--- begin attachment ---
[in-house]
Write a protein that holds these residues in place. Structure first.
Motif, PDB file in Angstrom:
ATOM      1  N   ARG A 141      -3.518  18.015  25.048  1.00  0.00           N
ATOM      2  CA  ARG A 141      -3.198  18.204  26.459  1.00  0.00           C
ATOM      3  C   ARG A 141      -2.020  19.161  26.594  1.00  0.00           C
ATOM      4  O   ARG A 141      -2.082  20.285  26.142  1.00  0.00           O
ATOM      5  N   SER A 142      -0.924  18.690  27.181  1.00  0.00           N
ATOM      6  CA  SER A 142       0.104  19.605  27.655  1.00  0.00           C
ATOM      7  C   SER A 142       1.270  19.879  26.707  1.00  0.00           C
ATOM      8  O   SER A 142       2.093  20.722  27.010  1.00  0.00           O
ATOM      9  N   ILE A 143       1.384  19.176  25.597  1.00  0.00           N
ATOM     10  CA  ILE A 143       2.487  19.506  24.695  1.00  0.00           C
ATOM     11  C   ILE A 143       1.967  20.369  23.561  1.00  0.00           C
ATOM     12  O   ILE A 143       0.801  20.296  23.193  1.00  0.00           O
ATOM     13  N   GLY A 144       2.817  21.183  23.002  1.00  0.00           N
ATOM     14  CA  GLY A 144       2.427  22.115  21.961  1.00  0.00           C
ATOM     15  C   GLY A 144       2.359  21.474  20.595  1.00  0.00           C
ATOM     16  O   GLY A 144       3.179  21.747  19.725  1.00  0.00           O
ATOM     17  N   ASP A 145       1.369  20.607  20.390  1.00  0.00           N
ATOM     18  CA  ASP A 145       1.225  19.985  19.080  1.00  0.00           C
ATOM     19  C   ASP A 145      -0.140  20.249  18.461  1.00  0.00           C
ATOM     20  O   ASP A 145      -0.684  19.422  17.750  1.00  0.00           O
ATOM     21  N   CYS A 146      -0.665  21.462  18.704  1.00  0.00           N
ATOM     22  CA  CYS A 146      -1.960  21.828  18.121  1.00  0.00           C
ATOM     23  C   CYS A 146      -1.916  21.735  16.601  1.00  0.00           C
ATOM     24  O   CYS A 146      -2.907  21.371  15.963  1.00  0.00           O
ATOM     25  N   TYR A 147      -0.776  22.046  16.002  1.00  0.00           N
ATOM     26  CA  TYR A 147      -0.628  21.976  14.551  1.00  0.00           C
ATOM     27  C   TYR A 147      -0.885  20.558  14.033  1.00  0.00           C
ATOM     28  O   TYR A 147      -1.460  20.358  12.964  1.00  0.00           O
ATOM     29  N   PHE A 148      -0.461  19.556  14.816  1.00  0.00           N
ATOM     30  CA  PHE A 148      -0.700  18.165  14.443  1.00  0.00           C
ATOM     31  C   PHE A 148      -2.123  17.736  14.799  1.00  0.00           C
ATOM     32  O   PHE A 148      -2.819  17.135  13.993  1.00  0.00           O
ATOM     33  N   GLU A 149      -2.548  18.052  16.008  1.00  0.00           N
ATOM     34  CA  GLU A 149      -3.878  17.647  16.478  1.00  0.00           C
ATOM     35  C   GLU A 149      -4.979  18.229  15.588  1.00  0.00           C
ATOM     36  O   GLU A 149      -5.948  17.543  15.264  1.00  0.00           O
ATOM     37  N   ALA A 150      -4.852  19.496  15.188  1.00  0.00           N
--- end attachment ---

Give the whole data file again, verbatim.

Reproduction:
[in-house]
Write a protein that holds these residues in place. Structure first.
Motif, PDB file in Angstrom:
ATOM      1  N   ARG A 141      -3.518  18.015  25.048  1.00  0.00           N
ATOM      2  CA  ARG A 141      -3.198  18.204  26.459  1.00  0.00           C
ATOM      3  C   ARG A 141      -2.020  19.161  26.594  1.00  0.00           C
ATOM      4  O   ARG A 141      -2.082  20.285  26.142  1.00  0.00           O
ATOM      5  N   SER A 142      -0.924  18.690  27.181  1.00  0.00           N
ATOM      6  CA  SER A 142       0.104  19.605  27.655  1.00  0.00           C
ATOM      7  C   SER A 142       1.270  19.879  26.707  1.00  0.00           C
ATOM      8  O   SER A 142       2.093  20.722  27.010  1.00  0.00           O
ATOM      9  N   ILE A 143       1.384  19.176  25.597  1.00  0.00           N
ATOM     10  CA  ILE A 143       2.487  19.506  24.695  1.00  0.00           C
ATOM     11  C   ILE A 143       1.967  20.369  23.561  1.00  0.00           C
ATOM     12  O   ILE A 143       0.801  20.296  23.193  1.00  0.00           O
ATOM     13  N   GLY A 144       2.817  21.183  23.002  1.00  0.00           N
ATOM     14  CA  GLY A 144       2.427  22.115  21.961  1.00  0.00           C
ATOM     15  C   GLY A 144       2.359  21.474  20.595  1.00  0.00           C
ATOM     16  O   GLY A 144       3.179  21.747  19.725  1.00  0.00           O
ATOM     17  N   ASP A 145       1.369  20.607  20.390  1.00  0.00           N
ATOM     18  CA  ASP A 145       1.225  19.985  19.080  1.00  0.00           C
ATOM     19  C   ASP A 145      -0.140  20.249  18.461  1.00  0.00           C
ATOM     20  O   ASP A 145      -0.684  19.422  17.750  1.00  0.00           O
ATOM     21  N   CYS A 146      -0.665  21.462  18.704  1.00  0.00           N
ATOM     22  CA  CYS A 146      -1.960  21.828  18.121  1.00  0.00           C
ATOM     23  C   CYS A 146      -1.916  21.735  16.601  1.00  0.00           C
ATOM     24  O   CYS A 146      -2.907  21.371  15.963  1.00  0.00           O
ATOM     25  N   TYR A 147      -0.776  22.046  16.002  1.00  0.00           N
ATOM     26  CA  TYR A 147      -0.628  21.976  14.551  1.00  0.00           C
ATOM     27  C   TYR A 147      -0.885  20.558  14.033  1.00  0.00           C
ATOM     28  O   TYR A 147      -1.460  20.358  12.964  1.00  0.00           O
ATOM     29  N   PHE A 148      -0.461  19.556  14.816  1.00  0.00           N
ATOM     30  CA  PHE A 148      -0.700  18.165  14.443  1.00  0.00           C
ATOM     31  C   PHE A 148      -2.123  17.736  14.799  1.00  0.00           C
ATOM     32  O   PHE A 148      -2.819  17.135  13.993  1.00  0.00           O
ATOM     33  N   GLU A 149      -2.548  18.052  16.008  1.00  0.00           N
ATOM     34  CA  GLU A 149      -3.878  17.647  16.478  1.00  0.00           C
ATOM     35  C   GLU A 149      -4.979  18.229  15.588  1.00  0.00           C
ATOM     36  O   GLU A 149      -5.948  17.543  15.264  1.00  0.00           O
ATOM     37  N   ALA A 150      -4.852  19.496  15.188  1.00  0.00           N